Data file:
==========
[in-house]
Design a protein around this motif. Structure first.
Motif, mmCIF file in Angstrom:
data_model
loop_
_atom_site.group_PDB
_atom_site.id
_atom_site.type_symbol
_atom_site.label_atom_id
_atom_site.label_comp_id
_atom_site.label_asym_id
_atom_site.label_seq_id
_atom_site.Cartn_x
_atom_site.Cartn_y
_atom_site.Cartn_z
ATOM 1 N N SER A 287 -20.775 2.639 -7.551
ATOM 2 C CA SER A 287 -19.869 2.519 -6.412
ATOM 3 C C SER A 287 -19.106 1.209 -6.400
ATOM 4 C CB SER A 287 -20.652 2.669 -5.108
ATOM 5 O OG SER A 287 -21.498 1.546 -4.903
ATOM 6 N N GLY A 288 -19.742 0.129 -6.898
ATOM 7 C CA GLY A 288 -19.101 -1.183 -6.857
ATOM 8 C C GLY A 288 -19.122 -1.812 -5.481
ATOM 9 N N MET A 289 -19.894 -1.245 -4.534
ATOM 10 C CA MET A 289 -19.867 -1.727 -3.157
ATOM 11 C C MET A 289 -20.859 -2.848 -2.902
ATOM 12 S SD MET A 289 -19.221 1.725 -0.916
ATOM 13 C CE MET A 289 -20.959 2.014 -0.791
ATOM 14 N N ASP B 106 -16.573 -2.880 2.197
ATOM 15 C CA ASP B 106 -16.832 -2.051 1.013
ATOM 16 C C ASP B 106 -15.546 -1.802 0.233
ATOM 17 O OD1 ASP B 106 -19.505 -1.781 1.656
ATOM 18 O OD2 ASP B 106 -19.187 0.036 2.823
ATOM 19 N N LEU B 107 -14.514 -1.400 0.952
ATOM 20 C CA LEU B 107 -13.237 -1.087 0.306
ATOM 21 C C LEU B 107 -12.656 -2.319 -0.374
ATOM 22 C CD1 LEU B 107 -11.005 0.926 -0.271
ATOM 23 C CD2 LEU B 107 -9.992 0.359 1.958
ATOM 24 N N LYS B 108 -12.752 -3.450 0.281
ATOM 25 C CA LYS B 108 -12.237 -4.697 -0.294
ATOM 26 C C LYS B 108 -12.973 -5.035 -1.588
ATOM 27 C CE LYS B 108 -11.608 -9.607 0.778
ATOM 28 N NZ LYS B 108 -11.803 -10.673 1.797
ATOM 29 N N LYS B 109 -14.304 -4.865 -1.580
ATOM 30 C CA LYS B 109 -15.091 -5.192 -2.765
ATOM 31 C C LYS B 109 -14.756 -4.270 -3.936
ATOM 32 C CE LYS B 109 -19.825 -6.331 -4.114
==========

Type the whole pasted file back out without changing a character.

[in-house]
Design a protein around this motif. Structure first.
Motif, mmCIF file in Angstrom:
data_model
loop_
_atom_site.group_PDB
_atom_site.id
_atom_site.type_symbol
_atom_site.label_atom_id
_atom_site.label_comp_id
_atom_site.label_asym_id
_atom_site.label_seq_id
_atom_site.Cartn_x
_atom_site.Cartn_y
_atom_site.Cartn_z
ATOM 1 N N SER A 287 -20.775 2.639 -7.551
ATOM 2 C CA SER A 287 -19.869 2.519 -6.412
ATOM 3 C C SER A 287 -19.106 1.209 -6.400
ATOM 4 C CB SER A 287 -20.652 2.669 -5.108
ATOM 5 O OG SER A 287 -21.498 1.546 -4.903
ATOM 6 N N GLY A 288 -19.742 0.129 -6.898
ATOM 7 C CA GLY A 288 -19.101 -1.183 -6.857
ATOM 8 C C GLY A 288 -19.122 -1.812 -5.481
ATOM 9 N N MET A 289 -19.894 -1.245 -4.534
ATOM 10 C CA MET A 289 -19.867 -1.727 -3.157
ATOM 11 C C MET A 289 -20.859 -2.848 -2.902
ATOM 12 S SD MET A 289 -19.221 1.725 -0.916
ATOM 13 C CE MET A 289 -20.959 2.014 -0.791
ATOM 14 N N ASP B 106 -16.573 -2.880 2.197
ATOM 15 C CA ASP B 106 -16.832 -2.051 1.013
ATOM 16 C C ASP B 106 -15.546 -1.802 0.233
ATOM 17 O OD1 ASP B 106 -19.505 -1.781 1.656
ATOM 18 O OD2 ASP B 106 -19.187 0.036 2.823
ATOM 19 N N LEU B 107 -14.514 -1.400 0.952
ATOM 20 C CA LEU B 107 -13.237 -1.087 0.306
ATOM 21 C C LEU B 107 -12.656 -2.319 -0.374
ATOM 22 C CD1 LEU B 107 -11.005 0.926 -0.271
ATOM 23 C CD2 LEU B 107 -9.992 0.359 1.958
ATOM 24 N N LYS B 108 -12.752 -3.450 0.281
ATOM 25 C CA LYS B 108 -12.237 -4.697 -0.294
ATOM 26 C C LYS B 108 -12.973 -5.035 -1.588
ATOM 27 C CE LYS B 108 -11.608 -9.607 0.778
ATOM 28 N NZ LYS B 108 -11.803 -10.673 1.797
ATOM 29 N N LYS B 109 -14.304 -4.865 -1.580
ATOM 30 C CA LYS B 109 -15.091 -5.192 -2.765
ATOM 31 C C LYS B 109 -14.756 -4.270 -3.936
ATOM 32 C CE LYS B 109 -19.825 -6.331 -4.114